“This number seems to be an estimate, that we also give, of the total presence in Libya,'' Flavio Di Giacomo told AP in Rome.

But of that number, “only a minimum part want to leave and only a minimum part succeeds in leaving" for Europe, Mr Di Giacomo said.

Many migrants in Libya come from Niger and Chad, two African nations on Libya's southern border, and eventually return to their homelands, he said.

The Italian intelligence service's estimate “is the last of a long series of alarms that we've seen in the last 10, 12 years, that turned out to be mistaken'', Mr Di Giacomo said.

”That number doesn't seem to be absolutely credible."

About 105,000 migrants reached Italy by sea in 2022.

From the start of this year until March 10, about 17,600 arrived, including a few thousand who disembarked at Italian ports in the past several days.

That is about triple the number for the same time period in each of the two previous years, although the Covid-19 pandemic might have led to fewer voyages.

For years, Italy has tried with limited success to induce Libya to stop launches of people smugglers' unseaworthy fishing boats and rubber dinghies towards Italian shores.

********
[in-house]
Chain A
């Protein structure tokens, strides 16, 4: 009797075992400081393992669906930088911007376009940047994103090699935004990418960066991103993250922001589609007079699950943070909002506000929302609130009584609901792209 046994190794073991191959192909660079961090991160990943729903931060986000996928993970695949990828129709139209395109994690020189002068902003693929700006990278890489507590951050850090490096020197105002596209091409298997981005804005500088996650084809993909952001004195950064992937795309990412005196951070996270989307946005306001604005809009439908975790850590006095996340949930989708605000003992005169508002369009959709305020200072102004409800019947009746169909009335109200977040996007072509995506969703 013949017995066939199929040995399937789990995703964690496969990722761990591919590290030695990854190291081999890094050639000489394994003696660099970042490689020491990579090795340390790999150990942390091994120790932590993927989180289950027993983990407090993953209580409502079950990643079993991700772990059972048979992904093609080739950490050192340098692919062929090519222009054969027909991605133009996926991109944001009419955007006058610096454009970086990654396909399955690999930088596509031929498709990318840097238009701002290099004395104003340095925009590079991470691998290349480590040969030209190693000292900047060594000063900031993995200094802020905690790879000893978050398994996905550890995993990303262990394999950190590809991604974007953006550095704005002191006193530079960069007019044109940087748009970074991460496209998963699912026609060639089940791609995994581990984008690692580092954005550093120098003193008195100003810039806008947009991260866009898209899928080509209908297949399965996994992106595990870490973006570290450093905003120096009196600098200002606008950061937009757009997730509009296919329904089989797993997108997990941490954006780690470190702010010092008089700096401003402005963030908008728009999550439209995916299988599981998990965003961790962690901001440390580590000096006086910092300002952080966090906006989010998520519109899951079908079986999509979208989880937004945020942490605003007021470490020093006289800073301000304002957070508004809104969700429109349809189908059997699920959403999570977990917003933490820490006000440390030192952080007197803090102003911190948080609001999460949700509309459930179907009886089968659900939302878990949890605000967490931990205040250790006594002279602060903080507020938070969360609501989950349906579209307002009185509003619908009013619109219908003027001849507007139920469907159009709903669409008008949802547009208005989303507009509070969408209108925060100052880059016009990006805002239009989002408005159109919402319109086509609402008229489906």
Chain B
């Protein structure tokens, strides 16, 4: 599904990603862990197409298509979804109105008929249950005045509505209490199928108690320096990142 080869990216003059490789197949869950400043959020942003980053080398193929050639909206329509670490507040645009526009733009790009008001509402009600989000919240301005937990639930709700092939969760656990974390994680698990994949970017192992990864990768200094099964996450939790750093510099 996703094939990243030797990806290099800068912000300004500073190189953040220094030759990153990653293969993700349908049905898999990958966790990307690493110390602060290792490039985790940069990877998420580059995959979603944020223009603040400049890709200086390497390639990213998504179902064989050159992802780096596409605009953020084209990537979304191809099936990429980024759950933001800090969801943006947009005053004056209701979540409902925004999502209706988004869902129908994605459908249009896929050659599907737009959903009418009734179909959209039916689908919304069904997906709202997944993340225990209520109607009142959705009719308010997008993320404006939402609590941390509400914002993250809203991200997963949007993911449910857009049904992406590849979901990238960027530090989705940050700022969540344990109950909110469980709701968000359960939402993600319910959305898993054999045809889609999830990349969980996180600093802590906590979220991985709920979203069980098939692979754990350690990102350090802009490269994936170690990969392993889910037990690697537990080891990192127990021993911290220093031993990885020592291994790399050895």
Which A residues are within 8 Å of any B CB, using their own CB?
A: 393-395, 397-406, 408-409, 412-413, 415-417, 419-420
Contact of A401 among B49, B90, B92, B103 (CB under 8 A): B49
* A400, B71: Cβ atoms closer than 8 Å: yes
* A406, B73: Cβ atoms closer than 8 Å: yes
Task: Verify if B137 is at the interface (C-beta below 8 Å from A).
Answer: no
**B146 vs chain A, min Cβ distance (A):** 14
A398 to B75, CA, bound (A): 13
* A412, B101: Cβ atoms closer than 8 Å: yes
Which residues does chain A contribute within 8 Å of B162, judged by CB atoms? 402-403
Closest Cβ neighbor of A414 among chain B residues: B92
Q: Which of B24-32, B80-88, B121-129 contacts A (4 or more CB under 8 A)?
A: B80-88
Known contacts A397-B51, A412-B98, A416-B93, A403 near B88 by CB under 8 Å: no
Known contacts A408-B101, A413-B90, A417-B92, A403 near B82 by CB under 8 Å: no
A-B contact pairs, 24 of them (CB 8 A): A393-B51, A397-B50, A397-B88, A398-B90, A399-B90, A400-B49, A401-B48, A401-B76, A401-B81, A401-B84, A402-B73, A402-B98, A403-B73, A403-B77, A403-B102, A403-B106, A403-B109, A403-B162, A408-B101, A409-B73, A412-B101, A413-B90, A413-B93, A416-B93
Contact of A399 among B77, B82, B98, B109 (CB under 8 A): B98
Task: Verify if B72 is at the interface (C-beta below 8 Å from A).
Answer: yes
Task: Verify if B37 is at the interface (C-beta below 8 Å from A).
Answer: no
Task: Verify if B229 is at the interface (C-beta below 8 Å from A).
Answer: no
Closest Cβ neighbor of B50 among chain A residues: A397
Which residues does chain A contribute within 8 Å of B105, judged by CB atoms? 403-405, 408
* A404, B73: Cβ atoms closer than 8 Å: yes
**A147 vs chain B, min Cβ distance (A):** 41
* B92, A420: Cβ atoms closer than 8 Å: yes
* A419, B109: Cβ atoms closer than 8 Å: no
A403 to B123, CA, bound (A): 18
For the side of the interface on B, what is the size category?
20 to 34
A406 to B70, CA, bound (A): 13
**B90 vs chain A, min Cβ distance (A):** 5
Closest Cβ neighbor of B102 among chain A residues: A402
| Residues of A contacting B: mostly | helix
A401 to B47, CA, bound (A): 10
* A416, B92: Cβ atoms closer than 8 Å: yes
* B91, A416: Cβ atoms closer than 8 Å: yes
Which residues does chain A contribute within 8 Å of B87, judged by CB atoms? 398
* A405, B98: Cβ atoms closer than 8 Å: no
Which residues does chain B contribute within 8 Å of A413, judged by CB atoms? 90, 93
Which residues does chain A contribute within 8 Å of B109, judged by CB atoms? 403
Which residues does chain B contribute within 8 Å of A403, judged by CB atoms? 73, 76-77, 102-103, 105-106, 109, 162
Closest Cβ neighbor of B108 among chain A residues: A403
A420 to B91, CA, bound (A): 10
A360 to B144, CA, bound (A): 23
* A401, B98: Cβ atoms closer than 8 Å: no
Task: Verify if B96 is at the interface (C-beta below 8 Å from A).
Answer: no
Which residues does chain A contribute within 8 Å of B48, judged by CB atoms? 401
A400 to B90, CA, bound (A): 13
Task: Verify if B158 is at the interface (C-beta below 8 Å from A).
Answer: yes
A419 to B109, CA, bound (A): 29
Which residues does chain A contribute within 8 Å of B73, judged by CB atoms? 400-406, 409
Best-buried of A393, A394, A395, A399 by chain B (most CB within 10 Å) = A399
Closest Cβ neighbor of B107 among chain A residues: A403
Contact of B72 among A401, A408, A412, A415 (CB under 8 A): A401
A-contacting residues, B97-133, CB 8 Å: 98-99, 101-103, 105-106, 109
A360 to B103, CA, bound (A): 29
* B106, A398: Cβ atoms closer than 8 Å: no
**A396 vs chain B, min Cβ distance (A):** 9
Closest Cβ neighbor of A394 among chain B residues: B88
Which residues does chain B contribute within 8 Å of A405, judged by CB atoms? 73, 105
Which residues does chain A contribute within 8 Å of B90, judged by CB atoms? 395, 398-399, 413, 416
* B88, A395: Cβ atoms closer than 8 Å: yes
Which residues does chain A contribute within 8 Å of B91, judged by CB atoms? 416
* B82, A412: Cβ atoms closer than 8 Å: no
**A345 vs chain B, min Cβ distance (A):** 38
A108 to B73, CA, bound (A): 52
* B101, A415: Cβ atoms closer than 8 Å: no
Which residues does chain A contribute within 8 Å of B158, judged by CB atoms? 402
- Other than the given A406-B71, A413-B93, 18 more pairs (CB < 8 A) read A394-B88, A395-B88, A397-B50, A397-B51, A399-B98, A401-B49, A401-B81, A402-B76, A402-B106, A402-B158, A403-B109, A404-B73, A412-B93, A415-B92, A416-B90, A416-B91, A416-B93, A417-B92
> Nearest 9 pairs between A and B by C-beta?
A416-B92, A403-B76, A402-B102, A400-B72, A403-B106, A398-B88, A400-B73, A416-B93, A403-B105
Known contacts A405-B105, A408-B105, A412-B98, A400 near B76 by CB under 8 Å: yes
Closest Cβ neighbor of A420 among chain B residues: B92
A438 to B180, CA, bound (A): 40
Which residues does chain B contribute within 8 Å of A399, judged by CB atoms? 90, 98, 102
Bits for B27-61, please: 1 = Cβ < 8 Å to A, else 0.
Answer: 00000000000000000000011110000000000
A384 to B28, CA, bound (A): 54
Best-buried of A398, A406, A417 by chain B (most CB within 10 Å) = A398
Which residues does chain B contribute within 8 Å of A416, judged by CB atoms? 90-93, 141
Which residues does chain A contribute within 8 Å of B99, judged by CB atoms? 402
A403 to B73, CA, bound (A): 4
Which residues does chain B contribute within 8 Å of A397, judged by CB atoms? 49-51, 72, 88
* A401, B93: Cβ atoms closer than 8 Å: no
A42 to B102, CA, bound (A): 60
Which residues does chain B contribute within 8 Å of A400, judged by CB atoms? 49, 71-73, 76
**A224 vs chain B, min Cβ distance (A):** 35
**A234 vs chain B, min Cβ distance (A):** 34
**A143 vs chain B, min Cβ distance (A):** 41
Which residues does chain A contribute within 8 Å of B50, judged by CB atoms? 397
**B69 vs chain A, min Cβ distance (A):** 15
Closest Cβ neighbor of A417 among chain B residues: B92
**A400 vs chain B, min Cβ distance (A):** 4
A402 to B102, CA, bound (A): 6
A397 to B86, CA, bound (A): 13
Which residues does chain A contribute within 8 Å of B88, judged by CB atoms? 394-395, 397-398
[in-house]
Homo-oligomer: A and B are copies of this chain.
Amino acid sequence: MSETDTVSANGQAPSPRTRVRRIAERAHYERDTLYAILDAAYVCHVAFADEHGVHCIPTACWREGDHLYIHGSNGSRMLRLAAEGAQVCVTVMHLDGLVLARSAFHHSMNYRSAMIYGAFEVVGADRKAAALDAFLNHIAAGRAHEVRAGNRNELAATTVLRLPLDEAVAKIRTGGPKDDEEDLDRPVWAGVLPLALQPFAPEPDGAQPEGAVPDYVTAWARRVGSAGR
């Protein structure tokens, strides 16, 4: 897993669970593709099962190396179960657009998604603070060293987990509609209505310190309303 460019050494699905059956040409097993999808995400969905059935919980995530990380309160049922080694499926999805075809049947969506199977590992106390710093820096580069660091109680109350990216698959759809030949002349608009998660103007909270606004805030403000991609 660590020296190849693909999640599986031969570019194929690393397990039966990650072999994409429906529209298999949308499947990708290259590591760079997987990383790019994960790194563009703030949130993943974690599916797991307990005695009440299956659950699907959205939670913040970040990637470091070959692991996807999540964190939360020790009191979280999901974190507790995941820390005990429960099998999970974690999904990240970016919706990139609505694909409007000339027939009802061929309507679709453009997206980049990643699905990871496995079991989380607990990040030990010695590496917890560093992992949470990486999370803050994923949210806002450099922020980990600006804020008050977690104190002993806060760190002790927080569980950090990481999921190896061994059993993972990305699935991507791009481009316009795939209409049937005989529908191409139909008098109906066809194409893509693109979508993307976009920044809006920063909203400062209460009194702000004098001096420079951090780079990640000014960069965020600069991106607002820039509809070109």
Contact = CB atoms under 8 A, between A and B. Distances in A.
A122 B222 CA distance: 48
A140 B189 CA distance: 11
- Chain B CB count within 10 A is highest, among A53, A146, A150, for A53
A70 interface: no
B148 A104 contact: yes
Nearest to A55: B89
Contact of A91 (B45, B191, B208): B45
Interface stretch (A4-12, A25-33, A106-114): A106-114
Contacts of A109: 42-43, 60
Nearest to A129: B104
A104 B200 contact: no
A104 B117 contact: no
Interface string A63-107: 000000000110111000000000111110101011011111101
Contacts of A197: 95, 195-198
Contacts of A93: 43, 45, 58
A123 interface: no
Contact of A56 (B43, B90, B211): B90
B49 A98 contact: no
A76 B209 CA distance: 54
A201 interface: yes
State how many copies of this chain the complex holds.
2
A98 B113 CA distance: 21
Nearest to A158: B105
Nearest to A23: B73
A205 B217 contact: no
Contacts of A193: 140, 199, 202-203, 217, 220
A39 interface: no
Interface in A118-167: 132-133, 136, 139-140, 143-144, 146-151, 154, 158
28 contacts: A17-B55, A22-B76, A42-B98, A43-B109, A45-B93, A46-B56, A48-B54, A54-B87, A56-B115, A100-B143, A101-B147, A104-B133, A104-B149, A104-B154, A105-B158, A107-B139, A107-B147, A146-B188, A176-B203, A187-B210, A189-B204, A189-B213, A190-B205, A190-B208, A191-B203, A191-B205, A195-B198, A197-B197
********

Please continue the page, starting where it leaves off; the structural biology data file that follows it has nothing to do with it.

Italian governments have trained and equipped the Libyan coastguard.

But the traffickers behind the smuggling rings continue to operate amid Libya's feuding political and militant factions.

The IOM and humanitarian groups say passengers whose vessels are turned back by the Libyan coastguard are often returned to detention camps.

There they are at risk of abuse, including torture, until their families raise enough money for the migrants to set out again by sea.

Ms Meloni's government has made it harder for humanitarian organisations that operate rescue boats to carry out many rescues in the waters off Libya, adopting rules that force the vessels to disembark migrants in northern Italian ports, delaying their return to sea.

But many migrants set out from Libya on smugglers' boats.

"It is a worrisome humanitarian flow because people die at sea,'' Mr Di Giacomo said.

The UN migration agency estimates that about 300 people have died this year, or were missing and presumed dead, after trying to cross the central Mediterranean route.

Updated: March 12, 2023, 10:35 PM